It is an old lesson but one that many states seem to forget: rather than become more secure when they develop new weapons systems, countries may make themselves less so. After all, other countries are likely to counter any new weapons development, and the resultant arms race may leave everyone worse off.
Two articles in this month’s issue examine the hidden dangers of U.S. plans to develop space-based defenses, especially space-based missile defenses. Such defenses are intended to counter the potential threat of an ICBM attack from a country such as North Korea or Iran, neither of which has flight-tested even an intermediate-range missile.
Hui Zhang points out in our cover story that U.S. space plans could prompt China to react with several steps that could in turn endanger U.S. security. Rather than moving toward space weaponization, he argues that the United States should sign on to a Russian and Chinese proposal for a treaty banning the weaponization of space.
Ambassador Thomas Graham Jr. warns that U.S. space weaponization plans may have another hidden cost: increasing the likelihood of an accidental nuclear exchange between the United States and Russia, which still retain thousands of long-range nuclear weapons. He too urges the negotiation of a treaty banning weapons in outer space.
One international institution that the United States and other countries have relied on to deter arms proliferation is the International Atomic Energy Agency (IAEA), charged with deterring and detecting the illicit use of nuclear materials and technologies for weapons purposes. The United States and other countries, however, have expressed concerns that states such as Iran and North Korea have been able to evade or violate IAEA safeguards without consequence. To deal with this problem, President George W. Bush pushed to establish a special IAEA committee to improve the agency’s monitoring and inspection activities. Jack Boureston and Charles D. Ferguson lay out a number of suggestions for what this committee might accomplish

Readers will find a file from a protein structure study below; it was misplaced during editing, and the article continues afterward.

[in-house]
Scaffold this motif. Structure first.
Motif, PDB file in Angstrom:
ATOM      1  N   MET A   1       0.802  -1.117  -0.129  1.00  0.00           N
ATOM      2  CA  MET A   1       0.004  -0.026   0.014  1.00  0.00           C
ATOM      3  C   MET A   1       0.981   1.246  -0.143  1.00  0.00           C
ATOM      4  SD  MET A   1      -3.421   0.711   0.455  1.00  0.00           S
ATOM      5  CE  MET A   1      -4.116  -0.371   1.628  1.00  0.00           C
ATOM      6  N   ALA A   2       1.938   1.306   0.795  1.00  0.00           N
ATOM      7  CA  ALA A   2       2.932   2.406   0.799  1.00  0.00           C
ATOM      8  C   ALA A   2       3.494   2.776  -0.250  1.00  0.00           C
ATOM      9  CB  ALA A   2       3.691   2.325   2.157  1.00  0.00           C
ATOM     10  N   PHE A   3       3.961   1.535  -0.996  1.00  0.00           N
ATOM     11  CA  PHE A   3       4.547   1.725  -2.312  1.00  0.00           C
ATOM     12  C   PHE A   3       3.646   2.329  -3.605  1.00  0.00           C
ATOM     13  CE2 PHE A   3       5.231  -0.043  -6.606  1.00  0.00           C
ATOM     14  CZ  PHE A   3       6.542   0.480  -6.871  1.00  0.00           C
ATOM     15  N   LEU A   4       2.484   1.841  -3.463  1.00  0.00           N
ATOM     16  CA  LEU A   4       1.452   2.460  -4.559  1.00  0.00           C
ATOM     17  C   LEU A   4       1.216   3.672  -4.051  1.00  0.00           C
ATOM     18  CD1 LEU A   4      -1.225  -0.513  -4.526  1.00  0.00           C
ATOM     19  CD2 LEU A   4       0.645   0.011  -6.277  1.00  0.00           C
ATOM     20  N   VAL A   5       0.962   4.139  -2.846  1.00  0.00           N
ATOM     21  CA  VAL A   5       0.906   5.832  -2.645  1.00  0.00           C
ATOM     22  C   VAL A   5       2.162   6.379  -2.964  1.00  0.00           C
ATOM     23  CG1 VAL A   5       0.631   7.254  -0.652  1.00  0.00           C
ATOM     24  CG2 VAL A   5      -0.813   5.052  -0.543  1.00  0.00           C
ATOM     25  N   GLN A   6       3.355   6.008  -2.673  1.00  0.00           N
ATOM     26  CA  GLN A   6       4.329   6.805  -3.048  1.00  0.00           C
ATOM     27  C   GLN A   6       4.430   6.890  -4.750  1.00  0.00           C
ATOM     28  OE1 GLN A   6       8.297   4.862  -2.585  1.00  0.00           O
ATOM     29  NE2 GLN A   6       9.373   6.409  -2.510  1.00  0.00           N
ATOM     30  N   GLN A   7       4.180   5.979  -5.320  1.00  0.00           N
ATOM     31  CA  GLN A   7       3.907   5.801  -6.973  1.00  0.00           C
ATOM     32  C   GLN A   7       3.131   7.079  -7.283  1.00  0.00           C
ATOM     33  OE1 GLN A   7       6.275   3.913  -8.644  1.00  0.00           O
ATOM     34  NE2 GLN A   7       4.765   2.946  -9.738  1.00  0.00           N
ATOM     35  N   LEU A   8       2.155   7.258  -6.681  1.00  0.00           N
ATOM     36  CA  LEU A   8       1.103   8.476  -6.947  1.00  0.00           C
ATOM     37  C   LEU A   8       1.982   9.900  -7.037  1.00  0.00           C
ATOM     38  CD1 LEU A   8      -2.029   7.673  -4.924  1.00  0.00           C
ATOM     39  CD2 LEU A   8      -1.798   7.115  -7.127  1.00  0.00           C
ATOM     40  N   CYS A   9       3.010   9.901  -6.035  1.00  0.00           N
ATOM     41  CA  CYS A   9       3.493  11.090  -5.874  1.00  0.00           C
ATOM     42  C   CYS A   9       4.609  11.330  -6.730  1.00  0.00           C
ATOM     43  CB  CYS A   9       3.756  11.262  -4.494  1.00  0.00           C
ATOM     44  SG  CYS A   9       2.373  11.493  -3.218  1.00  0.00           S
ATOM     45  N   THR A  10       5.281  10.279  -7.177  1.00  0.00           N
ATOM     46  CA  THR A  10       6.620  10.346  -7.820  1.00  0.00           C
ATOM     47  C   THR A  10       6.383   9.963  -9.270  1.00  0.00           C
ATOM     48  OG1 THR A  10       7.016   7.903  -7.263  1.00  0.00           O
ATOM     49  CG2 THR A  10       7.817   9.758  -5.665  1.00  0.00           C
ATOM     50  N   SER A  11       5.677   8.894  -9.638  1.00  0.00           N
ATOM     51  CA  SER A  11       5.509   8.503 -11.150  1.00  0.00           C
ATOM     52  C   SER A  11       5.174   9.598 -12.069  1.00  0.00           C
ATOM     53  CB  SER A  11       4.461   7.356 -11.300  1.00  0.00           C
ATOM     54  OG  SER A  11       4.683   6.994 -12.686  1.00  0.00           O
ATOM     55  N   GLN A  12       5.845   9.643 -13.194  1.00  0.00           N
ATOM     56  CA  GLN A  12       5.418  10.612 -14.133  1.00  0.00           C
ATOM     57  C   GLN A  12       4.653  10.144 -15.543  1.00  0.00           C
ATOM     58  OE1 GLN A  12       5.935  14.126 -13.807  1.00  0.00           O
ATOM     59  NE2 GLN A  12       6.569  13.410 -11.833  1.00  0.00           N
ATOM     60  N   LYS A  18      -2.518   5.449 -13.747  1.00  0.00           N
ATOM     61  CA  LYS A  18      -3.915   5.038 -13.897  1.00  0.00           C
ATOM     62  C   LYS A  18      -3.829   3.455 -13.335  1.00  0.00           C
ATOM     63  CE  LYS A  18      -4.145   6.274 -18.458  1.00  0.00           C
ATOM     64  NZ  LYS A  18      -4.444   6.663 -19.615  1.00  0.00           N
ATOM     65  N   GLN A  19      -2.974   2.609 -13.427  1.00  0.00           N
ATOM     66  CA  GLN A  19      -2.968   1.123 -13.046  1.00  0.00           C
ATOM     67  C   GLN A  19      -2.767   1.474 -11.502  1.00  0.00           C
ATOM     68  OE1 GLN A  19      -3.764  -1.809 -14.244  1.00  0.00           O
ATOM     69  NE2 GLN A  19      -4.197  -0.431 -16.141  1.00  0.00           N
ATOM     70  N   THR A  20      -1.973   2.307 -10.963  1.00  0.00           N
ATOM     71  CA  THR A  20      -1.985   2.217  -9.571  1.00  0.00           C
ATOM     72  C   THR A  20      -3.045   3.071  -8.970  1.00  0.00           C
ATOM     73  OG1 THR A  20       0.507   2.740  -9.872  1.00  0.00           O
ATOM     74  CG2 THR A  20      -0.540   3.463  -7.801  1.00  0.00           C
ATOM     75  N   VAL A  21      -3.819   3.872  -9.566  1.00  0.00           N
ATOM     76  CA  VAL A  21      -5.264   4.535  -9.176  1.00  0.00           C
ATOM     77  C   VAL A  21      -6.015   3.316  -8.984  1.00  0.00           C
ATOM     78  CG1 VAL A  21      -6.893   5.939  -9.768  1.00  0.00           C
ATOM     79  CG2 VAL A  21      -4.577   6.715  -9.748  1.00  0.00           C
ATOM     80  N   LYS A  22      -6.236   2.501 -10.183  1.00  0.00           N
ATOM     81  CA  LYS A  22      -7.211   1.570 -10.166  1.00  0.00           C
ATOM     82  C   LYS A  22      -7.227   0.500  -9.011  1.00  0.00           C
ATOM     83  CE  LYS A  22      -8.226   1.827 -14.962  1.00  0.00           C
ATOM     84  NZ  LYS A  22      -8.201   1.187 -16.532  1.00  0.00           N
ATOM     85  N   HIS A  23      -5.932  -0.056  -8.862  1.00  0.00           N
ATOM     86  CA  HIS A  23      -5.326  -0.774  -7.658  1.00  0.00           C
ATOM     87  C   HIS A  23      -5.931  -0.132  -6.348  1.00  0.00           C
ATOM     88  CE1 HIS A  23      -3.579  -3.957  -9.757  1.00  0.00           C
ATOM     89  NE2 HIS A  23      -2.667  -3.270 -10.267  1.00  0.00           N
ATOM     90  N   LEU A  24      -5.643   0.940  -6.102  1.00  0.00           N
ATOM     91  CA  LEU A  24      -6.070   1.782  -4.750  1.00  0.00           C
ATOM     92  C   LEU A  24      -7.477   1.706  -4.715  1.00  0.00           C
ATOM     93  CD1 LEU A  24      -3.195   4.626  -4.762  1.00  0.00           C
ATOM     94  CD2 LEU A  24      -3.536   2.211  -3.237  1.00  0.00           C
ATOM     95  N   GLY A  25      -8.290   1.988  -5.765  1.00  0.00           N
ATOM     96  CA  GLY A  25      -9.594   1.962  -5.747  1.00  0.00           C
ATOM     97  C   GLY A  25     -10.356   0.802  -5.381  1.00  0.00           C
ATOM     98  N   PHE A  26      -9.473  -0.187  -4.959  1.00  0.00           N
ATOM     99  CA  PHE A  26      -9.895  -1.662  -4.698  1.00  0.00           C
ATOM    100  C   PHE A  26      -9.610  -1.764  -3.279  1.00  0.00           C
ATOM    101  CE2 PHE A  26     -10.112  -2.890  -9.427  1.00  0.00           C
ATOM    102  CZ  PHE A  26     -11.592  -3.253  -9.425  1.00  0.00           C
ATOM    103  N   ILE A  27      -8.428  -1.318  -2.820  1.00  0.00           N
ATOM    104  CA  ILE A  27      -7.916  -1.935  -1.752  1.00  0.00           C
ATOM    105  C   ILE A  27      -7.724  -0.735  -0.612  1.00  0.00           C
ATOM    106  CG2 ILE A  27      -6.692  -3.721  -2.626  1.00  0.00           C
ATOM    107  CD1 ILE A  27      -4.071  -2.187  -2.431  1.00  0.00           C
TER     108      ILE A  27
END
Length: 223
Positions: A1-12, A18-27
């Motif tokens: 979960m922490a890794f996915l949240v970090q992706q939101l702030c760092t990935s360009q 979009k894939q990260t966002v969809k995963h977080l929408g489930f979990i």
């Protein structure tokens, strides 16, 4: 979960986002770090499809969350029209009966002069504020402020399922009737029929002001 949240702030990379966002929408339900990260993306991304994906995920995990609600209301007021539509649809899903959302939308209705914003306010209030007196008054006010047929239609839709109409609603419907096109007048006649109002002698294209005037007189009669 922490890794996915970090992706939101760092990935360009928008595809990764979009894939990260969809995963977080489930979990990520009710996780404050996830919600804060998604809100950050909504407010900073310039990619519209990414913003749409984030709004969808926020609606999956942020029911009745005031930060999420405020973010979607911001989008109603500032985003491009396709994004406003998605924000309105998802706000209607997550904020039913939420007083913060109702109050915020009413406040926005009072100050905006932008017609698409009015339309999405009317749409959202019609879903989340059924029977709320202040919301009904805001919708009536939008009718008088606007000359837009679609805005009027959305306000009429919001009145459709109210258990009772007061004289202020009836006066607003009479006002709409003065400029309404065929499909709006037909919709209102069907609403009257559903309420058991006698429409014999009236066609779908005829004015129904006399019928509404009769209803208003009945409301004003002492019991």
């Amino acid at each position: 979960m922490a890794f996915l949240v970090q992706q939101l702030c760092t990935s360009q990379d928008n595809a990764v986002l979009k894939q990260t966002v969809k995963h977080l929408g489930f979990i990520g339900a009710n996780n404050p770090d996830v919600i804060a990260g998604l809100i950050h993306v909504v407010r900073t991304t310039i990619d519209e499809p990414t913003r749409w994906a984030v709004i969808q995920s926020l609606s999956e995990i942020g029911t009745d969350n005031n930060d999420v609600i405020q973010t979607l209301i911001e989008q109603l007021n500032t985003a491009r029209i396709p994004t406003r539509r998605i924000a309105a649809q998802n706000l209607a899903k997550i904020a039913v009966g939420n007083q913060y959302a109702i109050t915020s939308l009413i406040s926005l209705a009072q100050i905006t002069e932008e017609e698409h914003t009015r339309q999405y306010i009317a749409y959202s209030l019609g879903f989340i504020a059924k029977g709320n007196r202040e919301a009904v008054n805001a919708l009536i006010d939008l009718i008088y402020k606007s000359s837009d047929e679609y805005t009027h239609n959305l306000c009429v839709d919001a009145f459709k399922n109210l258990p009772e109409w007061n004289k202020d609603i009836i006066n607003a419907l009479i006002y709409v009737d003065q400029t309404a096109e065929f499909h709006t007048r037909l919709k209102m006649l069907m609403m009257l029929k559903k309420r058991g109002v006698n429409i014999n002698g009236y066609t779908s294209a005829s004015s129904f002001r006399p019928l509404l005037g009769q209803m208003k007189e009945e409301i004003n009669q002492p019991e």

To many Westerners, there is no region of the world that looks more like a living demonstration of the folly of arms competition than South Asia. Robert M. Hathaway reviews three books that examine the history, roots, and significance of the nuclear rivalry between India and Pakistan and questions whether the forces and fortune that have prevented a nuclear war there will continue to prevail.
In November, Congress acted to cut back on one arms program: research into development of a “bunker-busting” nuclear bomb. Among other issues, our news section looks at this development and the latest international talks and deliberations to rein in the nuclear programs of Iran and North Korea.